Emily Hudson, Senior UX Researcher:

 Not if the voice-based experience solves a problem the user previously experienced. If it doesn’t, they won’t use it; it if does, they will probably thank you for it.

Richard Len, Senior Consultant:

It never has before: websites track us across social media to offer personalised discounts, social media shares are used as marketing research tools or inducements to buy, while freemium mobile games require access to contacts and other private data to access different in-game benefits.

Pratheep Chandrasekhar, Lead Interaction Designer:

Privacy concerns will always be a hurdle for innovation!

However, they’re constantly evolving and the hurdles we see today will not necessarily be the ones we tackle tomorrow.

The privacy fears of baby-boomers are quite different from those of Millennials and Gen Z. Having a device that listens and monitors you 24/7 is barely a privacy concern now for perhaps the majority of people. Those consumers are also being given more control over their data and more ways to protect it via policies like GDPR.

At the same time, we as designers should create products that are transparent and makes the consumer feel empowered about their data.

ExperienceLab is a research and design agency specialising in helping organisations understand their customer needs and creating innovative solutions that are designed to succeed. Want to get in touch? Contact us here.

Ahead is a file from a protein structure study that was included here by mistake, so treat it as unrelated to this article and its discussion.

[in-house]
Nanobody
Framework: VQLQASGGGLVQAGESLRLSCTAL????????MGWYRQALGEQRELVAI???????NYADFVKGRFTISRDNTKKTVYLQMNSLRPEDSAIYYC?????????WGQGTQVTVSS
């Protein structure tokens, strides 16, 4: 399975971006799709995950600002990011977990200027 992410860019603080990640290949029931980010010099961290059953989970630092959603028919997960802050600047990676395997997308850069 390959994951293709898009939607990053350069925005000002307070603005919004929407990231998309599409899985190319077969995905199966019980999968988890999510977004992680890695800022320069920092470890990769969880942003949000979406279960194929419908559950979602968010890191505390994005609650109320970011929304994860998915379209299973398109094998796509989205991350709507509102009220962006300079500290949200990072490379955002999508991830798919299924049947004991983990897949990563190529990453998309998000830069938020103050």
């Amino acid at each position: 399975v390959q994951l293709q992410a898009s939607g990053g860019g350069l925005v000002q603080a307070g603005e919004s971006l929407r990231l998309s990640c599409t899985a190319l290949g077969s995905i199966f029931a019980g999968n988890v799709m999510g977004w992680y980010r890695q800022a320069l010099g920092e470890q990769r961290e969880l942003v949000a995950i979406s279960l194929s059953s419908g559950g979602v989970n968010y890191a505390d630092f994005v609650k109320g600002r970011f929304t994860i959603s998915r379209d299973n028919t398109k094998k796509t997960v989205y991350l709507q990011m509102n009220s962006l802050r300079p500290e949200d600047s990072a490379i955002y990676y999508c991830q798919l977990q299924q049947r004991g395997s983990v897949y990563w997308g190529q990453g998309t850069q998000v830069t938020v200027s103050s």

7 maxims for multi-market UX research

In our global economy multi-country research is becoming a necessity for an increasing number of brands.

There is a fast growing appreciation of the huge value in understanding both geography-independent factors and those vital for impact in particular markets. At ExperienceLab we are specialists in undertaking research across the world – below, we’ve assembled seven critical guidelines, our multi-market maxims.

In our experience, adhering to them can mean the difference between success and failure for this type of research.

1) Ensure you have excellent local knowledge to guide you

Working to forge and nurture partner relationships with UX agencies around the globe is critical to accessing the local knowledge essential to making a multi-market project a success.

We don’t tend to use our partner agencies to directly undertake research, but instead work with them at the earliest stages of projects, prior to commencing planning, and discuss the brief and its implications for their market in detail.

Critically make no assumptions regarding local markets and check, clarify and confirm with them all aspects of the research prior to commencement.

2) Keep your research options flexible

Any agency used to UK research might find themselves surprised at the variations amongst participants, behaviours and cultures within a single country elsewhere. The US is a good example, where the differences between the East Coast, West Coast and Midwestern or Southern states are significant enough for these almost to be considered different international markets.